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What is going on in Slovenia with Degrowth?

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The term “degrowth” is neither well aceepted nor understood in Slovenia. However, there is a variety of degrowth activities around the country. Various alternatives exist such as urban gardening, cycling networks, seeds library and local farming. People are again coming back to cooperatives as a form of business: the first fair bank has just been established by a development cooperative; during the national wave of protests in 2012 and 2013 people started to self-organize and meet at the public assemblies, etc. Nevertheless, all of the above are just small-scale practices that do not attract much attention neither of political and economic decision makers nor of the big media houses that would report about good practices or success stories to the wider public.

In the first part of this article we will discuss ourinvolvement in the campaign ‘Enough’ that questioned the idea of a consumption society, and explain why ‘degrowth’ was not used as the campaign’s title. In the second part, following next week, we will present how the two NGOs (Focus and Humanitas) implemented the campaign, talk about their struggles, motives and lessons learned. At the end we will sum up with the considerations related to future developments in Slovenia.

The “Enough” Campaign

In 2011, the campaign ‚Enough‘ (Dovolj in Slovene) started. The overarching objective of the campaign was to stimulate a different understanding of the concept of quality of life among young people, families and trendsetters. The campaign aimed at stimulating a change in the commonly accepted understanding of the concept of quality of life. We promoted a concept of life quality entailing that material goods are means of living, not the goal for living. We aimed at an understanding of quality of life where balance among economical, social and environmental aspect of sustainability is actively sought on a daily life basis, as well as in social and political processes, and where we all take full responsibility for our actions. The specific issues that the campaign focused on were consumption, passivity of people, information, and feeling of powerlessness, time, social pressure, growth, development and safety.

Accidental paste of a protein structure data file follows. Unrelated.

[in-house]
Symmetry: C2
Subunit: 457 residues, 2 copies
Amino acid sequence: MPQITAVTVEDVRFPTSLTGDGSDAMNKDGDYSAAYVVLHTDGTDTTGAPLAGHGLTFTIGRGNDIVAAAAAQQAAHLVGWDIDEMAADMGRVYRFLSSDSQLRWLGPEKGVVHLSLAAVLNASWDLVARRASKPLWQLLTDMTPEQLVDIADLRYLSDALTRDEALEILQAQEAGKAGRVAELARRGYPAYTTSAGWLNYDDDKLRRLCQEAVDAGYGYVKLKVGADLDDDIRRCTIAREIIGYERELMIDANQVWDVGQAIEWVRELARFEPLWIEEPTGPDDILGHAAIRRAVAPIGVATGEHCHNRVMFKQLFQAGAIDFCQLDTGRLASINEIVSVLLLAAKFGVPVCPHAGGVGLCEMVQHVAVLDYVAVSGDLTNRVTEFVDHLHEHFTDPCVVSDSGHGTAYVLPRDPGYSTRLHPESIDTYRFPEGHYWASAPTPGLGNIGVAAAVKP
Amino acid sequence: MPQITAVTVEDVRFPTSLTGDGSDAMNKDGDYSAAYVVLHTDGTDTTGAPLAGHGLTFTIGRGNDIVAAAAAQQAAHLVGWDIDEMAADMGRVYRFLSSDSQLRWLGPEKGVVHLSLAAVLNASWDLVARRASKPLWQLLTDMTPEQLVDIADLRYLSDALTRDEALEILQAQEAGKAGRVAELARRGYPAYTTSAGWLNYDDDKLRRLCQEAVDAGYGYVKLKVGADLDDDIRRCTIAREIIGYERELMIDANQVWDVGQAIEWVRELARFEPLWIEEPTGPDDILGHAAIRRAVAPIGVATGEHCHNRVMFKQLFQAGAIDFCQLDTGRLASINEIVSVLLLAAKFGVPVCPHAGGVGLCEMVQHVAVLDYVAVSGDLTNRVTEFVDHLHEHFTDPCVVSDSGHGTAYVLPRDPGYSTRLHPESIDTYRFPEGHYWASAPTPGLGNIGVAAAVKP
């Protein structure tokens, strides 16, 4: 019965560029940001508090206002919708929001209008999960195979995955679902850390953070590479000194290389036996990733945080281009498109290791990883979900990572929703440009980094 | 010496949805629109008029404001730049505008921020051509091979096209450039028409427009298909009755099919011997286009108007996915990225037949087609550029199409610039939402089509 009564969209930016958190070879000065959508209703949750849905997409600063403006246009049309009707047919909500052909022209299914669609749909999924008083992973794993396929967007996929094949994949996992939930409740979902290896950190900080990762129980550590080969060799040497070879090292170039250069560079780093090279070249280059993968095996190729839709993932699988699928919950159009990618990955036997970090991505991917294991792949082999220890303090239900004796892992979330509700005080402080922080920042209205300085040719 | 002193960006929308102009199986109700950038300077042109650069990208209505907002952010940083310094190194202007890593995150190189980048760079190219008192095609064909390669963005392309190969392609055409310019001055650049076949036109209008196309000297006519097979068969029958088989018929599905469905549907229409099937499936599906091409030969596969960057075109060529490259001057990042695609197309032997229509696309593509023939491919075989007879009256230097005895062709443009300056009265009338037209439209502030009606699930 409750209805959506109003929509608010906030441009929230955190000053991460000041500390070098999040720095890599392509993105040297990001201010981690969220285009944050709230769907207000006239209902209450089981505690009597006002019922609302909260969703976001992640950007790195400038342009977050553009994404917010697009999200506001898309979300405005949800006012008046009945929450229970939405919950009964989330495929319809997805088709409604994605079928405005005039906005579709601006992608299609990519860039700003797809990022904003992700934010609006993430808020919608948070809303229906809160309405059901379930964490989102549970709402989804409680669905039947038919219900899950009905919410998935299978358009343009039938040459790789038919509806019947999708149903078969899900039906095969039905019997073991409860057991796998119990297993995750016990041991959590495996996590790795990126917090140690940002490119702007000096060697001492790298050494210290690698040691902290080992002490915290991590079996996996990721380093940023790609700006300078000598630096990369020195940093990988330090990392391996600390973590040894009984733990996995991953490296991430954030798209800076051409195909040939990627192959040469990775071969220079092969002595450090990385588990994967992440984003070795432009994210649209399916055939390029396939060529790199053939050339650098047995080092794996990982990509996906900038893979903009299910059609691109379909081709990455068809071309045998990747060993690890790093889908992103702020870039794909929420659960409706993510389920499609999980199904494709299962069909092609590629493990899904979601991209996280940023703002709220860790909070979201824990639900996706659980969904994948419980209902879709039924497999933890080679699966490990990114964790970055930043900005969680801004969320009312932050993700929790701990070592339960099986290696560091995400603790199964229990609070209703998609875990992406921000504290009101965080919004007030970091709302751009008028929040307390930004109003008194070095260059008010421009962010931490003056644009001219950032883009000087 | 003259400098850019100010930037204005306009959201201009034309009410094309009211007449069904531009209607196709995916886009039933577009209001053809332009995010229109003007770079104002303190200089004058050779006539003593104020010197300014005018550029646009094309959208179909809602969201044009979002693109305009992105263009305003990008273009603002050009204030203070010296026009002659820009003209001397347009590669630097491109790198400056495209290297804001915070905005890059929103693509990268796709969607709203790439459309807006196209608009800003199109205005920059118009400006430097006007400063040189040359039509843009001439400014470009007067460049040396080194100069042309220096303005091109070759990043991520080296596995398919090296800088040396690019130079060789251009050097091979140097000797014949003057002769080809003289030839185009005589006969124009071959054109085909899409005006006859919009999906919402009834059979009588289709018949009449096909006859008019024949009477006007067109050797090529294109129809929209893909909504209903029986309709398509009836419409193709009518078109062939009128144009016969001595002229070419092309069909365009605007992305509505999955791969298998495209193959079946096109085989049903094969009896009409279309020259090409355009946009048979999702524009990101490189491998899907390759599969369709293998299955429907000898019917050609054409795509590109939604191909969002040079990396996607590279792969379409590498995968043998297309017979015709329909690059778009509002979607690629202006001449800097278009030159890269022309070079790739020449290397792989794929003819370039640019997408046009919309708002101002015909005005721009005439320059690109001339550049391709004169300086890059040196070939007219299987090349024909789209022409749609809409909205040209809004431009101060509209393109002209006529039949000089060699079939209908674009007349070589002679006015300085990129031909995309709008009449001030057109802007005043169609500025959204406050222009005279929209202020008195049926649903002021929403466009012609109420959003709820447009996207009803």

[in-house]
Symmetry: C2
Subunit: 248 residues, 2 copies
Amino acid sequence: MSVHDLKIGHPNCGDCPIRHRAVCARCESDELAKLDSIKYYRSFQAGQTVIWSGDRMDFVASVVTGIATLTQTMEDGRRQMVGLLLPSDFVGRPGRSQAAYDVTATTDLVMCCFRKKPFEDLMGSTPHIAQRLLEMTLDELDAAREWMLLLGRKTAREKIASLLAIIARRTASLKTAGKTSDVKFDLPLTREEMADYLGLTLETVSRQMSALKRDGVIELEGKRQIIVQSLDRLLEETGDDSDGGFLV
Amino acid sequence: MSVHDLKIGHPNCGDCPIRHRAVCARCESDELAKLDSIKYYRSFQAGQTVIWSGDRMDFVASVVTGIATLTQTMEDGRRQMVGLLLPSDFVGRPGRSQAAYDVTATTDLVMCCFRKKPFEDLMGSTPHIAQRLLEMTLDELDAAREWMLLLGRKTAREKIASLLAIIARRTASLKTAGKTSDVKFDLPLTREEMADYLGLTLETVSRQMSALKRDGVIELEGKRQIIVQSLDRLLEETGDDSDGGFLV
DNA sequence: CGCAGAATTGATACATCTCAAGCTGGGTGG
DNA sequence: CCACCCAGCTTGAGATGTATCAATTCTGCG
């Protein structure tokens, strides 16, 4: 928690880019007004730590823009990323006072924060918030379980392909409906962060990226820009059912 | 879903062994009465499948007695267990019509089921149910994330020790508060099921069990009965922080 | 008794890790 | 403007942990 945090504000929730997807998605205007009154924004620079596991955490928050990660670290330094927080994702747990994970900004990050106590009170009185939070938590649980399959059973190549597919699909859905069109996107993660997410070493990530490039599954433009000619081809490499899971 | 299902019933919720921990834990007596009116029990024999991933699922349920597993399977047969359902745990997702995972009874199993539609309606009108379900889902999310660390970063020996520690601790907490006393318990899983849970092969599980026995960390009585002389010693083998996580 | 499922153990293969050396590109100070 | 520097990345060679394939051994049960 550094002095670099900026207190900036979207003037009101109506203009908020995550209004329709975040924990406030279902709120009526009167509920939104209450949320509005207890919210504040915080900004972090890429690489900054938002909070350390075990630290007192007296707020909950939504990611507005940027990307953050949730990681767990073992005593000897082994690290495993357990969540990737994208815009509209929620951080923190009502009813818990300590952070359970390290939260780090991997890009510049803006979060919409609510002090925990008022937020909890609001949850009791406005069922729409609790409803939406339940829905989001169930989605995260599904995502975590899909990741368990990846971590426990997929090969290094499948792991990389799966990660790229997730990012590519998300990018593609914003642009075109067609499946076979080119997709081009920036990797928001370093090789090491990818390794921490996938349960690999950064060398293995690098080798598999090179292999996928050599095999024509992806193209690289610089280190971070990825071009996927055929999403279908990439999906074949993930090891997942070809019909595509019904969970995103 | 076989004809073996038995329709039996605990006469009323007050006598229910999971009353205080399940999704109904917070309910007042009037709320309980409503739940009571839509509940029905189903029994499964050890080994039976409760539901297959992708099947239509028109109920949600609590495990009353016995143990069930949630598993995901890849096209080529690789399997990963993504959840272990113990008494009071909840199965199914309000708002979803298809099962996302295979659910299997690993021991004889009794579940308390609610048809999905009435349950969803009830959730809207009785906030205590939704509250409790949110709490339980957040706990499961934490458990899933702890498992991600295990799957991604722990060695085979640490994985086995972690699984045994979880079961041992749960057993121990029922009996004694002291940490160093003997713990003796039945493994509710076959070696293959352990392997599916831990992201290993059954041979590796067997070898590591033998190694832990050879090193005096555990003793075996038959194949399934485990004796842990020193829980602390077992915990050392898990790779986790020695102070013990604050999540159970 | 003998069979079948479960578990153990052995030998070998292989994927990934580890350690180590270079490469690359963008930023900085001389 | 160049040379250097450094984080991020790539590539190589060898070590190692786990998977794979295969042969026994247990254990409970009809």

The first phase ‘Think’ wanted to encourage people to start thinking differently about the concepts addressed by the campaign. Then the campaign aimed to inspire people to change their habits, to promote and to demand a different ‚quality of life‘, which was called the ‘Act’ phase. The purpose of the last phase, called ‘Change’, was to highlight the need to change the institutional framework e.g. for supporting different quality of life.

In the Think phase the campaign tried to challenge people’s perceptions of the standard understanding of the concepts such as development, growth, safety, employment, … through questions that stimulate critical thinking. Various materials and communication helped suggesting different ways of grasping these concepts. In this way, the campaign built on the understanding of ‚Enough‘ as a measure that enables to tell us what we really need in order to live a high quality life. The Act phase was meant to redefine the concept of quality of life – by trying to change a few habits – as a vision for trendsetters and to activate people. This should be led by raising awareness of people to demand a different quality of life from institutions, which were the focus of the third phase: Change. The campaign was looking for clarifications and alternatives to the system’s barriers to redefine quality of life, in part by questioning that very institutional system. Moreover, it tried to contribute to debates about the development strategies of Slovenia and eventually ending with the concept of Enough and moving on to the concept of degrowth.